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Friday, July 24, 2009
As part of our lesson work for each week the children have to learn as part of their Memory work (there other requirements as well) a poem or part of if it is very long.
Today as they recited them they decided to dress up as part of the presentation.
♥ Here are their selections ♥
SIR NICKETTY NOX: Hugh Chesterman
Sir Nicketty Nox was an ancient knight,
so old was he that he'd lost his sight.
blind as a mole, and slim as a fox,
and dry as a stick was Sir Nicketty Nox.
His sword and buckler were old and cracked,
so was his charger and that's a fact.
thin as a rake from head to hocks,
was this rickety nag of Sir Nicketty Nox.
A wife he had and daughters three,
and all were as old, as old could be.
they mended the shirts and darned the socks,
of that old antiquity, Nicketty Nox.
Sir Nicketty Nox would fly in rage
if anyone tried to guess his age.
he'd mouth and mutter and tear his locks,
this pernickety Nicketty Nox.
Recited by Rogan dressed up as Sir Nicketty Nox
THE HIGHWAYMAN: Alfred Noyes
The wind was a torrent of darkness upon the gusty trees,
The moon was a ghostly galleon tossed upon cloudy seas,
The road was a ribbon of moonlight looping the purple moor,
And the highwayman came riding—
The highwayman came riding, up to the old inn door.
He'd a French cocked hat on his forehead, and a bunch of lace at his chin;
He'd a coat of the claret velvet, and breeches of fine doe-skin.
They fitted with never a wrinkle; his boots were up to his thigh!
And he rode with a jeweled twinkle—
His rapier hilt a-twinkle—
His pistol butts a-twinkle, under the jeweled sky.
Over the cobbles he clattered and clashed in the dark inn-yard,
He tapped with his whip on the shutters, but all was locked and barred,
He whistled a tune to the window, and who should be waiting there
But the landlord's black-eyed daughter—
Bess, the landlord's daughter—
Plaiting a dark red love-knot into her long black hair.
Recited by Autumn as the Highwasy man
(Autumn only learnt 3 verses this week and will work her way through this over a number of weeks.)
WHERE GO THE BOATS:Robert Louis Stephenson
Dark brown is the river,
Golden is the sand,
It flows along for ever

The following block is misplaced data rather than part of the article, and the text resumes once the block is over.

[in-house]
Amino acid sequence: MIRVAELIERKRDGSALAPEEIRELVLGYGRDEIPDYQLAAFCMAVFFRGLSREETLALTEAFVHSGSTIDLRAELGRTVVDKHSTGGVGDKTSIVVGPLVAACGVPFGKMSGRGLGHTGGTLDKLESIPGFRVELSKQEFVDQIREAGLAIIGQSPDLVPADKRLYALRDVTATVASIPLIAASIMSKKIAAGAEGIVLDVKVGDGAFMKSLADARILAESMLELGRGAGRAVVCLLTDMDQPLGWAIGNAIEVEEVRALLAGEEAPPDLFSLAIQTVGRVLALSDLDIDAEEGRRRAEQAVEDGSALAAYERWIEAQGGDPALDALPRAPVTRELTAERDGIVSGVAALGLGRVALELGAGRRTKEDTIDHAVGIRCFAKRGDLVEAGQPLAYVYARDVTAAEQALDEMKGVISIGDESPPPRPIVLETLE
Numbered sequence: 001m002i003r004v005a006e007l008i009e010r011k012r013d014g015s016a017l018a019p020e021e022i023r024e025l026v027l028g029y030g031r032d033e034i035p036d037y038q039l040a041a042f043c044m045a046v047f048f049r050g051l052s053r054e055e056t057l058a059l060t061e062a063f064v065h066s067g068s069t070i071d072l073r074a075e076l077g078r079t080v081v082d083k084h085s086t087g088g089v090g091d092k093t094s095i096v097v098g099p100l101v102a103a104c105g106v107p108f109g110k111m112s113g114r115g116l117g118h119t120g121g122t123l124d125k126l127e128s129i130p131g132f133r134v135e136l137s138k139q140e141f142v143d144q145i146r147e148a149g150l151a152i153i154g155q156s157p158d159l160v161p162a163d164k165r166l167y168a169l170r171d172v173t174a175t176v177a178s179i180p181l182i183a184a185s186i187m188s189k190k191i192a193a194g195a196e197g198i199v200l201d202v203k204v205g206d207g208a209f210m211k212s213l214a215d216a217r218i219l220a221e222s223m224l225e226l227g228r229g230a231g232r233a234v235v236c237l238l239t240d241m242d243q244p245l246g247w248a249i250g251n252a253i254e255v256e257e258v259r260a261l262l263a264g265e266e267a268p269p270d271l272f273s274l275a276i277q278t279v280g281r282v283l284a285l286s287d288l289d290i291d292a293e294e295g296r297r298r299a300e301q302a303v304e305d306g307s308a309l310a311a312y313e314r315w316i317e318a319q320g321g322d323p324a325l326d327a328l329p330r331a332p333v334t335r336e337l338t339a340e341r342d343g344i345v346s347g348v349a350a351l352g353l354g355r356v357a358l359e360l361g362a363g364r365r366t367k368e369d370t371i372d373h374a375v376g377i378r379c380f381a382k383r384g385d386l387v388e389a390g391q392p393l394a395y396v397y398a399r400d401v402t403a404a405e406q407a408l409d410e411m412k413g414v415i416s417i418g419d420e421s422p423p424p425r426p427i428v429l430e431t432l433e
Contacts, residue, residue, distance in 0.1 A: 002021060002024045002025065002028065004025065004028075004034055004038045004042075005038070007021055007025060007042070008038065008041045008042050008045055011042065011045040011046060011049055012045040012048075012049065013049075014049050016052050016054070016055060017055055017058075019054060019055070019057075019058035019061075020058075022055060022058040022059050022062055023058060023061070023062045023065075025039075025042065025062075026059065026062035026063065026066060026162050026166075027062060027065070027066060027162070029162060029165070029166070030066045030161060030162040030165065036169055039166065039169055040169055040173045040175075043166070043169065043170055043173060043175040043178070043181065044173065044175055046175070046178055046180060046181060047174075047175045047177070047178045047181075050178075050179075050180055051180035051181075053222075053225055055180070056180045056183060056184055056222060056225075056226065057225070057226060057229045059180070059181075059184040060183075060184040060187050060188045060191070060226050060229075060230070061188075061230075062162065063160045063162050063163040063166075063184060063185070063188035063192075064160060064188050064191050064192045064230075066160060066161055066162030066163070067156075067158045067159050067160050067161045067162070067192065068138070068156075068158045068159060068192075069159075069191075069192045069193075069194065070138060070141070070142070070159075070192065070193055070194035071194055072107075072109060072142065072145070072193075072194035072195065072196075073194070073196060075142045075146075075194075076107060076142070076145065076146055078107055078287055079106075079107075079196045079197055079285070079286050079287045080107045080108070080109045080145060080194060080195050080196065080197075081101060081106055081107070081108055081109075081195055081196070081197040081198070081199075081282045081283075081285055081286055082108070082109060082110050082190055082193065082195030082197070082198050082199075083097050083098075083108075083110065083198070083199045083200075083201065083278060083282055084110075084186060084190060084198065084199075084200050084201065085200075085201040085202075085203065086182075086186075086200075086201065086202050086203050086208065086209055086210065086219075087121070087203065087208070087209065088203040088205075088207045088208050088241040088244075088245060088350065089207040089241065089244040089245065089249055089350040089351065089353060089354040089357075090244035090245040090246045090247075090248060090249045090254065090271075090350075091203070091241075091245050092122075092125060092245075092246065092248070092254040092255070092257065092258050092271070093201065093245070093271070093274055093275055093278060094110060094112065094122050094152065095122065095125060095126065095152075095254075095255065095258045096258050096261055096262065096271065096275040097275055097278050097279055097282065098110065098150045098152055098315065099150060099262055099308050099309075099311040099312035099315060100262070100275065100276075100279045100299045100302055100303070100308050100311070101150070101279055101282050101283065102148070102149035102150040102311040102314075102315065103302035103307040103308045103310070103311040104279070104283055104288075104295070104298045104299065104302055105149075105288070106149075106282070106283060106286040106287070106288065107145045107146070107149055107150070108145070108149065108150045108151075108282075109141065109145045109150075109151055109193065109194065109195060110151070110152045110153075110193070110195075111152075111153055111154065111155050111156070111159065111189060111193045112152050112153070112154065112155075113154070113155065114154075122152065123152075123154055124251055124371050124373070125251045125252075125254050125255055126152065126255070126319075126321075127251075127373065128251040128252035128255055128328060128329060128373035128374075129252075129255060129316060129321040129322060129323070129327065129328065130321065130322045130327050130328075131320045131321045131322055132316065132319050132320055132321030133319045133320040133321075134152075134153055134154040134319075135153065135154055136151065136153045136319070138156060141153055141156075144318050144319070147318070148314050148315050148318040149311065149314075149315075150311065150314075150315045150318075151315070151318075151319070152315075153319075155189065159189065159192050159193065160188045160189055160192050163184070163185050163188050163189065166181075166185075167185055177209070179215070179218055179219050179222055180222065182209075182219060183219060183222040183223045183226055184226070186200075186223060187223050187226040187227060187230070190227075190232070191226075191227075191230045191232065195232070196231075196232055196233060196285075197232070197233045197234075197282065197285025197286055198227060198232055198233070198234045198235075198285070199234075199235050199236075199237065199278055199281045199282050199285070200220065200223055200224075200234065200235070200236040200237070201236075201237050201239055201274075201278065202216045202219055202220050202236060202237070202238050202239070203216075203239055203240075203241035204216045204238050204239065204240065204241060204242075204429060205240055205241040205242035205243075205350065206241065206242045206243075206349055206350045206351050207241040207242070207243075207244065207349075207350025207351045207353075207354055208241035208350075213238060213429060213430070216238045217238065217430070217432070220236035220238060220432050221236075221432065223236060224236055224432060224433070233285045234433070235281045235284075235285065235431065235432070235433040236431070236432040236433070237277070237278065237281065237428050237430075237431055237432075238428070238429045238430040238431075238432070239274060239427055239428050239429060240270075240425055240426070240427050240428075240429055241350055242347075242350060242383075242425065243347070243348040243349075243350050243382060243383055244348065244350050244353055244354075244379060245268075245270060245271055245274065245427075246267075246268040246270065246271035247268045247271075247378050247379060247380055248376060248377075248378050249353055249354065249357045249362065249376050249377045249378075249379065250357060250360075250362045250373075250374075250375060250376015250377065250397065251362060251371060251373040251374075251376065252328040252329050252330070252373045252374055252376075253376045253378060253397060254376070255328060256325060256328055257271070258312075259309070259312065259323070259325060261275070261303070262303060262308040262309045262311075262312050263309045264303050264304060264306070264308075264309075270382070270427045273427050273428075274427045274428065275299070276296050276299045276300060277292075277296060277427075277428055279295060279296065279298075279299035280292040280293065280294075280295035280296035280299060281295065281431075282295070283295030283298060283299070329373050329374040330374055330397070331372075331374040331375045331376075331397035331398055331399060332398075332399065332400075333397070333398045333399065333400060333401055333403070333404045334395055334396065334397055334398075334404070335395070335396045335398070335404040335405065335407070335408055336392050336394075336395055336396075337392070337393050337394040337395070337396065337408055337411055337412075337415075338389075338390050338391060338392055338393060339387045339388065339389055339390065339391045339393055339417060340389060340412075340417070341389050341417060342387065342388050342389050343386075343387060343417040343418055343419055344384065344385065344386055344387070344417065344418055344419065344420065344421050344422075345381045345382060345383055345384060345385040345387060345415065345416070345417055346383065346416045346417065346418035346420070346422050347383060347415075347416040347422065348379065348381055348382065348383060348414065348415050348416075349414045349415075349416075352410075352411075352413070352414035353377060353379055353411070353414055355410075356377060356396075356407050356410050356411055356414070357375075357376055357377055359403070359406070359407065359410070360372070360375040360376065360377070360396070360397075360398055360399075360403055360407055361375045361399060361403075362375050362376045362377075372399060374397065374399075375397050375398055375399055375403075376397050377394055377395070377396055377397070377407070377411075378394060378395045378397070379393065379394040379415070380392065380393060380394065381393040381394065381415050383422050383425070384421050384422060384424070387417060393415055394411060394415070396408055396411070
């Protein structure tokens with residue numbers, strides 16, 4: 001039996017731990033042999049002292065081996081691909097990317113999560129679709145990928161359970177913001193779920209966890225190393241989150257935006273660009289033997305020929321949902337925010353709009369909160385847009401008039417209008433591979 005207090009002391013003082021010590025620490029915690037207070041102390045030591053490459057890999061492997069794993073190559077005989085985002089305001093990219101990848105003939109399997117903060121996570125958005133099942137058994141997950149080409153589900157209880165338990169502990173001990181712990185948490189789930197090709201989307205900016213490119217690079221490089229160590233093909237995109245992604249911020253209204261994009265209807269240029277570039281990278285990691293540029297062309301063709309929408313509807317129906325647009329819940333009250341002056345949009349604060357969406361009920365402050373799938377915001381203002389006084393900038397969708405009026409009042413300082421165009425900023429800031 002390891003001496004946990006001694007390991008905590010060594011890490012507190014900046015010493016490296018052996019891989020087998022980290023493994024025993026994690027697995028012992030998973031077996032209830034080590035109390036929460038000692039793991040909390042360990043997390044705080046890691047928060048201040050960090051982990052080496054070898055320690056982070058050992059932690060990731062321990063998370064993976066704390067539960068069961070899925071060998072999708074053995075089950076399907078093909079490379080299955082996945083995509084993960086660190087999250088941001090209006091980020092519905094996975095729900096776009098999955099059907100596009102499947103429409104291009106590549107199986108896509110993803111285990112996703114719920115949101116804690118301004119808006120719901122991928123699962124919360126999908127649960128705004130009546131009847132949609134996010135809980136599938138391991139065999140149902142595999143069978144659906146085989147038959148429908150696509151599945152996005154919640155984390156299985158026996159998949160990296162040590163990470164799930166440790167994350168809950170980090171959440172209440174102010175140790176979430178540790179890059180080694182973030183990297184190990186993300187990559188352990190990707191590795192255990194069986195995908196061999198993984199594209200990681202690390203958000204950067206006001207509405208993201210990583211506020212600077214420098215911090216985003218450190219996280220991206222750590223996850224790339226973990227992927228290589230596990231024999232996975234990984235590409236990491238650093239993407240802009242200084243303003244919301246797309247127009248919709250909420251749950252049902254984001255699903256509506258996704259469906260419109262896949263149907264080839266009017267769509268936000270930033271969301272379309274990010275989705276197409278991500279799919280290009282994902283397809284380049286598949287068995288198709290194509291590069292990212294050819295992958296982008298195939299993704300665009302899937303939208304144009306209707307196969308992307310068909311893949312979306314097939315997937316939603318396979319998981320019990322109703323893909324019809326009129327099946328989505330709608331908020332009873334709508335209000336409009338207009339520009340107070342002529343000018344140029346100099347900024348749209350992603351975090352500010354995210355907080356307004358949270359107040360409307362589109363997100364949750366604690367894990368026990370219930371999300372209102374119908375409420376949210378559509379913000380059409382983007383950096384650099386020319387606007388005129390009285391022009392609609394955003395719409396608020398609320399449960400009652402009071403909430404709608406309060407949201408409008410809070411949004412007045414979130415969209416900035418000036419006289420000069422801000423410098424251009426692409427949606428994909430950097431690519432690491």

With trees on either hand.
Green leaves a-floating,
Castles of the foam,
Boats of mine a-boating--
Where will all come home?
On goes the river
And out past the mill,
Away down the valley,
Away down the hill.
Away down the river,
A hundred miles or more
Other little children
Shall bring my boats ashore
Recited by Saxon as Robert Louis Stephenson and Vellvin as A Little Dutch Girl
O CAPTAIN! MY CAPTAIN!: Walt Whitman
Captain my Captain! our fearful trip is done,
The ship has weathered every rack, the prize we sought is won,
The port is near, the bells I hear, the people all exulting,
While follow eyes the steady keel, the vessel grim and daring;
But O heart! heart! heart!
O the bleeding drops of red,
Where on the deck my Captain lies,
Fallen cold and dead.
O Captain! my Captain! rise up and hear the bells;
Rise up--for you the flag is flung for you the bugle trills,
For you bouquets and ribboned wreaths for you the shores a-crowding,
For you they call, the swaying mass, their eager faces turning;
Here Captain! dear father!
This arm beneath your head!
It is some dream that on the deck,
You've fallen cold and dead.
My Captain does not answer, his lips are pale and still;
My father does not feel my arm, he has no pulse nor will;
The ship is anchored safe and sound, its voyage closed and done;
From fearful trip the victor ship comes in with object won;
Exult O shores, and ring O bells!
But I, with mournful tread,
Walk the deck my Captain lies,
Fallen cold and dead.
Recited by Eden dressed as a pirate.